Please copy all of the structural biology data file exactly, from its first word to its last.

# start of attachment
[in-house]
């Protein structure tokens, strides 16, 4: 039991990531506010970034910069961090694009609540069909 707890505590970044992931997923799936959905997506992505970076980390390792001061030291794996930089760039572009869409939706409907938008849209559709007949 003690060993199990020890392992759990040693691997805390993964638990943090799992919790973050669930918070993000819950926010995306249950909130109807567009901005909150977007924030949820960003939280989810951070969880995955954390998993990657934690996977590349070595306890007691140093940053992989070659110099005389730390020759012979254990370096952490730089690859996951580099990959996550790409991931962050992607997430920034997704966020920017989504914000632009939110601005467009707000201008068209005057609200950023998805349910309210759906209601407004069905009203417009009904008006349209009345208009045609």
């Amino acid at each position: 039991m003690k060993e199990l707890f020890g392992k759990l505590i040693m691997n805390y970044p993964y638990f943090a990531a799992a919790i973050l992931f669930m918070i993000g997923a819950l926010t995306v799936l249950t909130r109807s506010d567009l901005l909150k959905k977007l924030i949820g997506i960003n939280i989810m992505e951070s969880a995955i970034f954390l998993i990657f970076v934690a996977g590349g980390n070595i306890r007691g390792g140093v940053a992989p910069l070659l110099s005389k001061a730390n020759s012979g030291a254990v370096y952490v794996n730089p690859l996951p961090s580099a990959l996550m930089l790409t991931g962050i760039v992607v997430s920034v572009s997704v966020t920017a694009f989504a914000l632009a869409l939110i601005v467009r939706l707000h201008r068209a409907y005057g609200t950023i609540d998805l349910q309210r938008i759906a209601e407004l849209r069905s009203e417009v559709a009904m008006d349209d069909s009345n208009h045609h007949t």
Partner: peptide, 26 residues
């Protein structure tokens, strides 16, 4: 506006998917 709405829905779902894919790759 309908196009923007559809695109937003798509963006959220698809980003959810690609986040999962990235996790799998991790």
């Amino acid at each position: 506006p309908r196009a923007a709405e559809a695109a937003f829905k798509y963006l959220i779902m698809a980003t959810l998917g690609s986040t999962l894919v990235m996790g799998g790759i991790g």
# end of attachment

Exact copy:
[in-house]
């Protein structure tokens, strides 16, 4: 039991990531506010970034910069961090694009609540069909 707890505590970044992931997923799936959905997506992505970076980390390792001061030291794996930089760039572009869409939706409907938008849209559709007949 003690060993199990020890392992759990040693691997805390993964638990943090799992919790973050669930918070993000819950926010995306249950909130109807567009901005909150977007924030949820960003939280989810951070969880995955954390998993990657934690996977590349070595306890007691140093940053992989070659110099005389730390020759012979254990370096952490730089690859996951580099990959996550790409991931962050992607997430920034997704966020920017989504914000632009939110601005467009707000201008068209005057609200950023998805349910309210759906209601407004069905009203417009009904008006349209009345208009045609």
């Amino acid at each position: 039991m003690k060993e199990l707890f020890g392992k759990l505590i040693m691997n805390y970044p993964y638990f943090a990531a799992a919790i973050l992931f669930m918070i993000g997923a819950l926010t995306v799936l249950t909130r109807s506010d567009l901005l909150k959905k977007l924030i949820g997506i960003n939280i989810m992505e951070s969880a995955i970034f954390l998993i990657f970076v934690a996977g590349g980390n070595i306890r007691g390792g140093v940053a992989p910069l070659l110099s005389k001061a730390n020759s012979g030291a254990v370096y952490v794996n730089p690859l996951p961090s580099a990959l996550m930089l790409t991931g962050i760039v992607v997430s920034v572009s997704v966020t920017a694009f989504a914000l632009a869409l939110i601005v467009r939706l707000h201008r068209a409907y005057g609200t950023i609540d998805l349910q309210r938008i759906a209601e407004l849209r069905s009203e417009v559709a009904m008006d349209d069909s009345n208009h045609h007949t």
Partner: peptide, 26 residues
């Protein structure tokens, strides 16, 4: 506006998917 709405829905779902894919790759 309908196009923007559809695109937003798509963006959220698809980003959810690609986040999962990235996790799998991790």
């Amino acid at each position: 506006p309908r196009a923007a709405e559809a695109a937003f829905k798509y963006l959220i779902m698809a980003t959810l998917g690609s986040t999962l894919v990235m996790g799998g790759i991790g």